DUBAI, United Arab Emirates (AP) _ Iran’s little-noticed incursions into Iraq helped spark the region’s latest conflict, but the outcome has undermined Tehran’s influence.
Iraqi President Saddam Hussein cited Iran’s support for one Kurdish faction as the reason he sent his army into northern Iraq to help a rival Kurdish group.
Since then, the conflict has taken several twists, not all of them to Iran’s liking.
Saddam has cemented control of northern Iraq and effectively eliminated the ``no-fly″ zone patrolled by the United States and its allies to protect the Kurds from his military.
The move has prompted tens of thousands of Iraqi Kurdish refugees to gather on the Iranian border, according to Iranian officials. As of Wednesday only 5,000 had entered.
Iran also has lost the control it had gained in the region through its support for the Patriotic Union of Kurdistan, the group that was routed by the Saddam-allied Kurdish Democratic Party.
``It seems from a distance that the Iranians didn’t see this one coming, otherwise they would have bolstered the PUK more,″ said Philip Robins, a Middle East expert at Oxford University.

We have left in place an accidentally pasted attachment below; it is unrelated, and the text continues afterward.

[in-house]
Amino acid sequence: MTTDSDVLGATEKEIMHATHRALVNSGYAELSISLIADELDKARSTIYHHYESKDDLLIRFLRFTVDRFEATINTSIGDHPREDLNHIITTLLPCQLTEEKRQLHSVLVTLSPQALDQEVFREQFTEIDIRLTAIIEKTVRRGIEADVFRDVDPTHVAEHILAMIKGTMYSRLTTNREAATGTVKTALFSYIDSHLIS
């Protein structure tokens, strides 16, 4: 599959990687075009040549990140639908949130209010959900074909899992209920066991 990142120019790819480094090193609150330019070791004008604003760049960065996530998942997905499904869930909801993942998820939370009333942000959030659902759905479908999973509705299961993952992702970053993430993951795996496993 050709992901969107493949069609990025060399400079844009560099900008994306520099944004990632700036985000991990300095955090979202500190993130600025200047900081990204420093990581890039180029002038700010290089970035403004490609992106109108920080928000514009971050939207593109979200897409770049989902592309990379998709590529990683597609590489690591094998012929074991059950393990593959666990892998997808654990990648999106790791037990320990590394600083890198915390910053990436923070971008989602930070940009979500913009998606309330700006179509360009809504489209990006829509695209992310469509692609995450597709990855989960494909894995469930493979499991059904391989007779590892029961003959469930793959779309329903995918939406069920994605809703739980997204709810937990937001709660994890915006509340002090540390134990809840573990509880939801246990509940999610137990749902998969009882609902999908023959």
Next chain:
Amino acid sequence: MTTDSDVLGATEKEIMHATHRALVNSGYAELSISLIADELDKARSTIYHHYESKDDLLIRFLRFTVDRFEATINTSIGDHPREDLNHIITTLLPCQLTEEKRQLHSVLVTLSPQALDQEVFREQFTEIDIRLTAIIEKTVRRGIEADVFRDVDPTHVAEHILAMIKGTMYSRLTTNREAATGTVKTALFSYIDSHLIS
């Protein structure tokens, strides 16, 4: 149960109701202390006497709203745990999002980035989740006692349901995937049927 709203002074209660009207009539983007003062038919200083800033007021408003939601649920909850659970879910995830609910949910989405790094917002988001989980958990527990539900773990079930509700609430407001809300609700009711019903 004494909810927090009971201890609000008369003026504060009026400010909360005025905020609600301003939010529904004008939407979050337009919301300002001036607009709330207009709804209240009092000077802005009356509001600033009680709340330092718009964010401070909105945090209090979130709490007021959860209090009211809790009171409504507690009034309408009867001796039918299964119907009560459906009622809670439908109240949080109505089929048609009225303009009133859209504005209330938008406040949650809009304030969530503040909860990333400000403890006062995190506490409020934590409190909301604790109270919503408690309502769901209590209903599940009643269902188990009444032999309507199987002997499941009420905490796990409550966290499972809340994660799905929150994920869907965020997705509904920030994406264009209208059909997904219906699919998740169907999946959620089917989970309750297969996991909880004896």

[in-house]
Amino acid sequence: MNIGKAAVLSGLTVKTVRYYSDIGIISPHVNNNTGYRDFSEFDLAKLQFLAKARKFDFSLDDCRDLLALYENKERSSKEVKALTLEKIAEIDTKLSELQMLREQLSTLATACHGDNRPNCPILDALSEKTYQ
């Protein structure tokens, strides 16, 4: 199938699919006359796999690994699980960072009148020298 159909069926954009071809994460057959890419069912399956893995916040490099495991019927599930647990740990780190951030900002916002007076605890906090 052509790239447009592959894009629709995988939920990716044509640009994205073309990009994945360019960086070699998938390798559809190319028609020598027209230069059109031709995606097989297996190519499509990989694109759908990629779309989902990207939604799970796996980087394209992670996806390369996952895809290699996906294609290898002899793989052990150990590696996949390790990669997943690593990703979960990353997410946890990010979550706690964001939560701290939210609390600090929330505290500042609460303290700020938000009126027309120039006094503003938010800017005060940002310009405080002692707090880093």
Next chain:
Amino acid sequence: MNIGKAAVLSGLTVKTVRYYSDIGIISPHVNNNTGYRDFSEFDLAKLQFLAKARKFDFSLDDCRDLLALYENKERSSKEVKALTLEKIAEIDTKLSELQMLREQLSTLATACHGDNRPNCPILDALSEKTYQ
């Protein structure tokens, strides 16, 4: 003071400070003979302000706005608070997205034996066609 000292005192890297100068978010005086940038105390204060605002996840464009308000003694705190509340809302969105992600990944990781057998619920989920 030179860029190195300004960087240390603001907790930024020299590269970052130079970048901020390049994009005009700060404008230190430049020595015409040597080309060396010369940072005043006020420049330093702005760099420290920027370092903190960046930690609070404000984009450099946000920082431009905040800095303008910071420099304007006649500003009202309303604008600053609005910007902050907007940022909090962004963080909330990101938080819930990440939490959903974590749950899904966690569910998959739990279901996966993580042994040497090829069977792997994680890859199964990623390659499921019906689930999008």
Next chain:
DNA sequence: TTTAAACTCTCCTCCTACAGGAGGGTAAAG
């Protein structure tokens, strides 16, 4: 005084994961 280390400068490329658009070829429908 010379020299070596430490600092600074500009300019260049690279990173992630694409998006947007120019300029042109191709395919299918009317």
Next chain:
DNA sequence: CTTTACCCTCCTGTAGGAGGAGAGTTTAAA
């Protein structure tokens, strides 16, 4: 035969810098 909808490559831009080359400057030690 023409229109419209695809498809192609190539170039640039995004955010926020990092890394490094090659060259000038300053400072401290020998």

In a telephone interview, he said Iran had been building its presence in northern Iraq for nearly two years to show the United States that any arrangement in the region would have to take Iran into account.
``Potentially, Iran has lost quite a lot,″ Robins said.
Still, there is one bright spot from Iran’s perspective: The prospect of Kurds carving out an independent state on its border has been squelched.
Iran was never happy with the Kurdish ``safe haven″ established in northern Iraq by the U.S. and their allies after the 1991 Gulf War.
Iran and Turkey have restive Kurdish minorities of their own, and feared the ``safe haven″ could be used as a base to launch attacks or could evolve into an independent Kurdish state. That now seems far-fetched.
For decades, Iran and Iraq have fought a proxy war with the Kurds, backing rival factions when it was advantageous, cutting them loose when it wasn’t.
Iran’s cross-border forays into northern Iraq caused barely a ripple in July and August, but Saddam’s reaction drew immediate international attention and raised the stakes.
Iran’s U.N. ambassador, Kamal Kharrazi, said in July that Iran took action because Iraq was ``not in a position to exercise effective control over the northern part of its territory.″
A month later, Iraqi villagers in the northeast said Iran began shelling on Aug. 16, and sent troops in afterwards.
Fighting between the Kurdish factions broke out on Aug. 17, ending a fragile cease-fire and setting the stage for Saddam to launch his troops into the north. On Aug. 31, the Iraqi military and its Kurdish rivals captured Irbil, the de facto Kurdish capital.
With Saddam in effective control of the north, Iran will find it more difficult to exercise influence in the region.